Time to move up town
Big breakaway for Harbour Grace
Harbour Grace got a big breakaway last week. The town is getting a new arena.
The new facility will replace the aging (53year-old) S.W. Moores Memorial Stadium.
While Harbour Grace was one of three Newfoundland towns where up to $21 million have been made available for such recreation facilities, Mayor Don Coombs told The Compass last week he expects the new arena for the town will run between $12 million and $15 million.
It will be built in the west end of town on a parcel of land at the corner of Harvey Street West and Jamie’s Way. Coombs said the land, which is privately owned, has a For Sale sign on it.
The mayor said the town’s preferred site has also been approved by the provincial government.
Aside from being accessible to residents from all over Conception Bay North via Veterans Memorial Highway, Coombs pointed out it will allow for more parking. That’s been one of the issues with the current stadium site.
“ You can’t get a place to park,” Coombs said, pointing out the stadium yard only holds approximately a hundred vehicles.
“Even when minor hockey tournaments are held here, (Bannerman Street) is blocked.” And when the CBN CeeBee Stars are hosting visiting teams in the senior league, “they’re parked everywhere - up and down Harvey and Water Streets,” the mayor noted.
“It’s time to move up.”
New and old
The new 5,700-square-metre arena will include a 200 by 85-foot ice surface. The ice surface at S.W. Moores measures 190 by 85 feet.
While the town’s original proposal called for a 1,200-seat arena, Coombs said that would be a dream come true. But, according to the mayor it is really too early to tell how many seats the new facility will have, except to say it will be a minimum of around 900.
Whatever the numbers, Coombs was quick to add, “they will all be modern, comfortable seats, and the new facility will have emission controls and be user friendly.”
It will also include a walking track and community meeting room, similar to the multi-purpose room on the second floor of the S.W. Moores Stadium.
An ice-resurfacer room, canteen, first-aid room, public washrooms, ticket booth and facility support space will be included. It will also have change rooms with washrooms and showers, support facilities for minor hockey and figure skating.
The town’s original ambitious proposal had called for the new arena to house the town hall and council chambers. But Mayor Coombs confirmed the town hall will not be part of the new plans.
Council also wanted the new facility to be designed to allow for future expansion to accommodate other sports such as bowling and curling, a sport missing from the town since the closure of the old CBN Curling Club.
Still not ruling out that possibility, Coombs said, “we’ll look at it all when we sit down with
our engineers and government’s engineers.”
Sooner the better!
Asked when citizens can expect to see a start on site preparation for the facility, Coombs said he would like to see it get off the ground as soon as possible. “The sooner the better.” However, the town has to first acquire the land and a lot of planning and engineering work has to take place before any ground can be broken.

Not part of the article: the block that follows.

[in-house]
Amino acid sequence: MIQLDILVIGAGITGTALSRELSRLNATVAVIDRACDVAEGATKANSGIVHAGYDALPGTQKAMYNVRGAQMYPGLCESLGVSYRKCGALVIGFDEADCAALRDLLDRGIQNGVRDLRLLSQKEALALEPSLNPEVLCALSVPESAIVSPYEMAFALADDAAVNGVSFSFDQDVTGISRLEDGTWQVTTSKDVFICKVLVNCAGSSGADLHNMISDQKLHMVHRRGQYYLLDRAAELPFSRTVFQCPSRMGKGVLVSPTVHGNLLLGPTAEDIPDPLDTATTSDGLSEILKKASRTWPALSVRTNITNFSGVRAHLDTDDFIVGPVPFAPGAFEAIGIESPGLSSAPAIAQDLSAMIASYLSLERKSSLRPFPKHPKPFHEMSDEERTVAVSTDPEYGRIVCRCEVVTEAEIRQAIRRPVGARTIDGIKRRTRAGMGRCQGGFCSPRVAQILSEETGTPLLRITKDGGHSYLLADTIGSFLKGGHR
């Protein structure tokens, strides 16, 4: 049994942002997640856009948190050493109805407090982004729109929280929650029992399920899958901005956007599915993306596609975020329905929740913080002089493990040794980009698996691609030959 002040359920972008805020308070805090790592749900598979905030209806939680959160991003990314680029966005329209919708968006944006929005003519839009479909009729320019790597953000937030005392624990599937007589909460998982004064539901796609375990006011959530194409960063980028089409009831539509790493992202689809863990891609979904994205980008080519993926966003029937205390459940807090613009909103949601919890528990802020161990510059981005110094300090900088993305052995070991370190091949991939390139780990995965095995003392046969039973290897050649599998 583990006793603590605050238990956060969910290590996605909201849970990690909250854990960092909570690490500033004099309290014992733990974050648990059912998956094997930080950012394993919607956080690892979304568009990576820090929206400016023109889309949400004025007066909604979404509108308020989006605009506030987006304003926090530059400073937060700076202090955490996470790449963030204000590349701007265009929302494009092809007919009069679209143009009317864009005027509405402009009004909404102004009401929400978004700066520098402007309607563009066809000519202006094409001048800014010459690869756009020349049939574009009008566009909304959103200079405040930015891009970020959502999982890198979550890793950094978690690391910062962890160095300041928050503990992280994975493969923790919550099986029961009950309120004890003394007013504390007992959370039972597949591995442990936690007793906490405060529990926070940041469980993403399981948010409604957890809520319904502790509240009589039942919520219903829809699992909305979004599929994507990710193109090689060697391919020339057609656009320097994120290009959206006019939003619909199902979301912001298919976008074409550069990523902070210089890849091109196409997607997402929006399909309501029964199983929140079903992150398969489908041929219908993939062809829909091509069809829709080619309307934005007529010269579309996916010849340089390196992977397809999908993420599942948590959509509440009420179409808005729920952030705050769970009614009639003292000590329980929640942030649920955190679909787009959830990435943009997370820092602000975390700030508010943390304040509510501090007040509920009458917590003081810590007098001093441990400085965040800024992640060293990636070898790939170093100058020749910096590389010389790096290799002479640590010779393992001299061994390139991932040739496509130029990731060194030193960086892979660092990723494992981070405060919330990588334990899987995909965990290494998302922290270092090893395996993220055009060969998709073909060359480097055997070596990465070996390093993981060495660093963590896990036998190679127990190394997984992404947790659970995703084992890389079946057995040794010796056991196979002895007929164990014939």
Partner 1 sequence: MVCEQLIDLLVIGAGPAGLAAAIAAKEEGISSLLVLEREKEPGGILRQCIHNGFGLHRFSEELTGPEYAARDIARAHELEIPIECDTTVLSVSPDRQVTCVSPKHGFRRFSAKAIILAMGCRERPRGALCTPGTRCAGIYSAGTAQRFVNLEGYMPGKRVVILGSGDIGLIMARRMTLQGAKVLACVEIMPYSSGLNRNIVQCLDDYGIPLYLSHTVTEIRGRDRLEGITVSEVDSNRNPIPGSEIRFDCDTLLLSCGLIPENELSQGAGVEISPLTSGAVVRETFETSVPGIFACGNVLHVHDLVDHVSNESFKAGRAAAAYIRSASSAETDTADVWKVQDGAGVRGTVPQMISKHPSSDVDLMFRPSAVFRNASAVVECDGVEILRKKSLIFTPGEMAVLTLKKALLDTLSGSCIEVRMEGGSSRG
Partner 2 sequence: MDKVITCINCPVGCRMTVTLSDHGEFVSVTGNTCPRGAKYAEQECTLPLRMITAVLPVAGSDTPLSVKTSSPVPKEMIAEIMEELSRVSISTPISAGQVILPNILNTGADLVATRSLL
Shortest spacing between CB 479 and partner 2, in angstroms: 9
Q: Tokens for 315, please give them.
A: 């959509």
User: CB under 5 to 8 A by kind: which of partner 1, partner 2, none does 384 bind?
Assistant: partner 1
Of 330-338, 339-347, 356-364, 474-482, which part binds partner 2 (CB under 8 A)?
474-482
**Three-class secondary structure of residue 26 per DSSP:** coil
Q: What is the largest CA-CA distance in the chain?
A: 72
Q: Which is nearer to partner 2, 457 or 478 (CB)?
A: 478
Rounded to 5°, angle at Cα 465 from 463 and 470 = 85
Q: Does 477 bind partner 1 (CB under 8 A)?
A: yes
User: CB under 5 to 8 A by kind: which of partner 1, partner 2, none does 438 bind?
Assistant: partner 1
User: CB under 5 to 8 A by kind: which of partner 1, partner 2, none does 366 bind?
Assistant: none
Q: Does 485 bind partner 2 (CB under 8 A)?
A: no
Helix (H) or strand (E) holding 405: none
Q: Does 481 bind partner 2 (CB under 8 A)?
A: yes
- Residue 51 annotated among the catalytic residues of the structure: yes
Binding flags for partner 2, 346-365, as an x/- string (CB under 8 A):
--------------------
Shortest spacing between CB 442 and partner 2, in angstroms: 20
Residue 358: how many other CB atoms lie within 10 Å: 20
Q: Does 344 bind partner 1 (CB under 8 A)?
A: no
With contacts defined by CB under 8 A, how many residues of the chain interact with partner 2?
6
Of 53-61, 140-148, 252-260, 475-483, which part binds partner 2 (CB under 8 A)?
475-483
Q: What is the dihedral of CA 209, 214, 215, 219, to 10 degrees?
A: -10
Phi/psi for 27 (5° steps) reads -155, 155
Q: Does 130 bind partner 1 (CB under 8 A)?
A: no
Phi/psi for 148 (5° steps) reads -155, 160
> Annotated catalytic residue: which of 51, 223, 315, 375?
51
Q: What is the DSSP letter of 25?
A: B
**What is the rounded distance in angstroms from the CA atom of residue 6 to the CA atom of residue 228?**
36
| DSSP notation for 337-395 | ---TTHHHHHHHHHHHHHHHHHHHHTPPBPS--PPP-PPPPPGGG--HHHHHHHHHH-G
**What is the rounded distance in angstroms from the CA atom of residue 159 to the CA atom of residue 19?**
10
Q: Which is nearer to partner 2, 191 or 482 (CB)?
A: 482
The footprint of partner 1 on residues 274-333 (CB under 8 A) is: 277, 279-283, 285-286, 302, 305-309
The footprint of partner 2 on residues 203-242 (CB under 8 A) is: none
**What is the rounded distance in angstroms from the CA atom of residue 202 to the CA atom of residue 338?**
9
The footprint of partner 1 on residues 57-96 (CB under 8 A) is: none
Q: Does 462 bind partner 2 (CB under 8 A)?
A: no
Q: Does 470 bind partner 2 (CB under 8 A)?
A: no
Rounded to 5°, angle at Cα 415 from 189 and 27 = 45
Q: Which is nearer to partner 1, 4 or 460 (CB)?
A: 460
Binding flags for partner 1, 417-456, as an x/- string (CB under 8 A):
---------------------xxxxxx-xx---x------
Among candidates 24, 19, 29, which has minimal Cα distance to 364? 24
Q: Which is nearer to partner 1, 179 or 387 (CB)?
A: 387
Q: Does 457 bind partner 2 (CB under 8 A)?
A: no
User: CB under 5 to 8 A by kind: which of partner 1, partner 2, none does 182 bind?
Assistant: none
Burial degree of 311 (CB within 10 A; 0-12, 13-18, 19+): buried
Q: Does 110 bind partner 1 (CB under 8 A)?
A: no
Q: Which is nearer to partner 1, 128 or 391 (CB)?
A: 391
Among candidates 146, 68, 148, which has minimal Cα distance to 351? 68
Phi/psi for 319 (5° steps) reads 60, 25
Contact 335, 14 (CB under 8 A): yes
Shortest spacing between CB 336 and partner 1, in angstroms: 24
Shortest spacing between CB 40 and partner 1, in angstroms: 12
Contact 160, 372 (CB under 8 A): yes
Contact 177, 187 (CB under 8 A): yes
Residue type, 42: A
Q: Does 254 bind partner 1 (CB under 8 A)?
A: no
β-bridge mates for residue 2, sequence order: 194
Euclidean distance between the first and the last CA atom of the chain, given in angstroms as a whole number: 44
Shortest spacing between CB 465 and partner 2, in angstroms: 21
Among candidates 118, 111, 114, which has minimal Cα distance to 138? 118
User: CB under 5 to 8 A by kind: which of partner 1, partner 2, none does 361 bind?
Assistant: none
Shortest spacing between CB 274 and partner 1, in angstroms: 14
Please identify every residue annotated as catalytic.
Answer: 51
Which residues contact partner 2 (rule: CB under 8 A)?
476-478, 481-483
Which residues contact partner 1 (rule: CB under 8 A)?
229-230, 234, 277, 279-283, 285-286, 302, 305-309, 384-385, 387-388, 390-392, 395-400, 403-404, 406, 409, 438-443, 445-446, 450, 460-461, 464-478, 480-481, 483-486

From preliminary talks with the town engineer, Coombs said he sees no reason why a start couldn’t be made next spring.
“ We’ll put a board of directors and management team in place to run the facility.” But that’s a while down the road.
For now, Coombs is pleased to see the province approve the funding.
“ These are exciting times!” he exclaimed.”
First artificial ice
Named after Harbour Grace fish merchant Silas Wilmot Moores, the building which once housed Conception Bay’s first artificial ice surface has seen better days. Millions have been poured into renovations, upgrades and retrofits over the past half-century. But Carbonear-Harbour Grace MHA Jerome Kennedy acknowledged in a Compass interview earlier this year, “the 53-year-old arena is showing its age.”
As for the old stadium building, owned by the town of Harbour Grace, Don Coombs is not worried about its fate.
On the day funding for the new arena was announced, Coombs told The Compass he had a call and an offer to purchase the old steelframed building. He declined to say who made the offer. “ While the S.W. Moores Stadium has served our region extremely well, residents of Harbour Grace will certainly welcome this new facility,” Coombs said.
The new stadium will likely have a new name. In this day and age of corporate sponsorship, Coombs didn’t rule out the possibility that some company may be interested in paying to have its name on the building. He said they may also consider running a name-the-new-stadium contest.
“ We’re open to all offers and suggestions,” the mayor said.
The provincial government will cover 80 per cent of the cost of the new arena, while Harbour Grace taxpayers will be responsible for the remaining 20 per cent.
Pointing to Harbour Grace’s long history associated with sport and recreation, particularly hockey, Carbonear-Harbour Grace MHA Jerome Kennedy said, “this arena will further enhance this connection.
“This is an important project for our area, one which will benefit our youth and all those who wish to maintain an active and healthy lifestyle,” the Minister of Health and Community Services said.
Harbour Grace is one of four communities, including Conception Bay South, Paradise and Marystown, which are also getting new recreation facilities at a total cost of $50.6 million.
This site at the corner of Jamie’s Way and Harvey Street West will be the location for the new multi-milliondollar arena to be built in Harbour Grace. Work on the facility is expected to start next year and the building is set to open sometime in 2014.